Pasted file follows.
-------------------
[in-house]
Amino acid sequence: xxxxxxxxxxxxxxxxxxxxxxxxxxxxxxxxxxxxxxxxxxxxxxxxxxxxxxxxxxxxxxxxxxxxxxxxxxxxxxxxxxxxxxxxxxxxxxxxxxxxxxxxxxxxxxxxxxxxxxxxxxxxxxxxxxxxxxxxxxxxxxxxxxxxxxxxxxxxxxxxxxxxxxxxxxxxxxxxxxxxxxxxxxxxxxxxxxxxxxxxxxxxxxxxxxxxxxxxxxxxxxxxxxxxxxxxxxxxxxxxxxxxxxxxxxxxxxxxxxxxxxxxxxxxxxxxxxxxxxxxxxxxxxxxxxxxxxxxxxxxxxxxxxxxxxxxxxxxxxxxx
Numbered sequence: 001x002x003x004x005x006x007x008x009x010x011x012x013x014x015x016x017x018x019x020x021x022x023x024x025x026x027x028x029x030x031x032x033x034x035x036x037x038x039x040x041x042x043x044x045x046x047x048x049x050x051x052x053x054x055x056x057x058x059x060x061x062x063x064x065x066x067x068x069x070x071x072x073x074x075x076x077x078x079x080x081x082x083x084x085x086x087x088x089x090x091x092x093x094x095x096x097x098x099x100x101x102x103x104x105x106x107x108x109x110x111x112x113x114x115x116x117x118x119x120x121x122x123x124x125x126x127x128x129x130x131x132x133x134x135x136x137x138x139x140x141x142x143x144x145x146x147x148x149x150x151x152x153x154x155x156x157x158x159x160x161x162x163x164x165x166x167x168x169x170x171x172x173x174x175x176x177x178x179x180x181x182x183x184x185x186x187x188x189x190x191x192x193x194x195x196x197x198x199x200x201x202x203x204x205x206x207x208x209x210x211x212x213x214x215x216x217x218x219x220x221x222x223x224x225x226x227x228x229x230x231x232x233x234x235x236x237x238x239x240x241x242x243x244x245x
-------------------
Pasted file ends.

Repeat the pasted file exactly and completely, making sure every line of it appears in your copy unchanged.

[in-house]
Amino acid sequence: xxxxxxxxxxxxxxxxxxxxxxxxxxxxxxxxxxxxxxxxxxxxxxxxxxxxxxxxxxxxxxxxxxxxxxxxxxxxxxxxxxxxxxxxxxxxxxxxxxxxxxxxxxxxxxxxxxxxxxxxxxxxxxxxxxxxxxxxxxxxxxxxxxxxxxxxxxxxxxxxxxxxxxxxxxxxxxxxxxxxxxxxxxxxxxxxxxxxxxxxxxxxxxxxxxxxxxxxxxxxxxxxxxxxxxxxxxxxxxxxxxxxxxxxxxxxxxxxxxxxxxxxxxxxxxxxxxxxxxxxxxxxxxxxxxxxxxxxxxxxxxxxxxxxxxxxxxxxxxxxx
Numbered sequence: 001x002x003x004x005x006x007x008x009x010x011x012x013x014x015x016x017x018x019x020x021x022x023x024x025x026x027x028x029x030x031x032x033x034x035x036x037x038x039x040x041x042x043x044x045x046x047x048x049x050x051x052x053x054x055x056x057x058x059x060x061x062x063x064x065x066x067x068x069x070x071x072x073x074x075x076x077x078x079x080x081x082x083x084x085x086x087x088x089x090x091x092x093x094x095x096x097x098x099x100x101x102x103x104x105x106x107x108x109x110x111x112x113x114x115x116x117x118x119x120x121x122x123x124x125x126x127x128x129x130x131x132x133x134x135x136x137x138x139x140x141x142x143x144x145x146x147x148x149x150x151x152x153x154x155x156x157x158x159x160x161x162x163x164x165x166x167x168x169x170x171x172x173x174x175x176x177x178x179x180x181x182x183x184x185x186x187x188x189x190x191x192x193x194x195x196x197x198x199x200x201x202x203x204x205x206x207x208x209x210x211x212x213x214x215x216x217x218x219x220x221x222x223x224x225x226x227x228x229x230x231x232x233x234x235x236x237x238x239x240x241x242x243x244x245x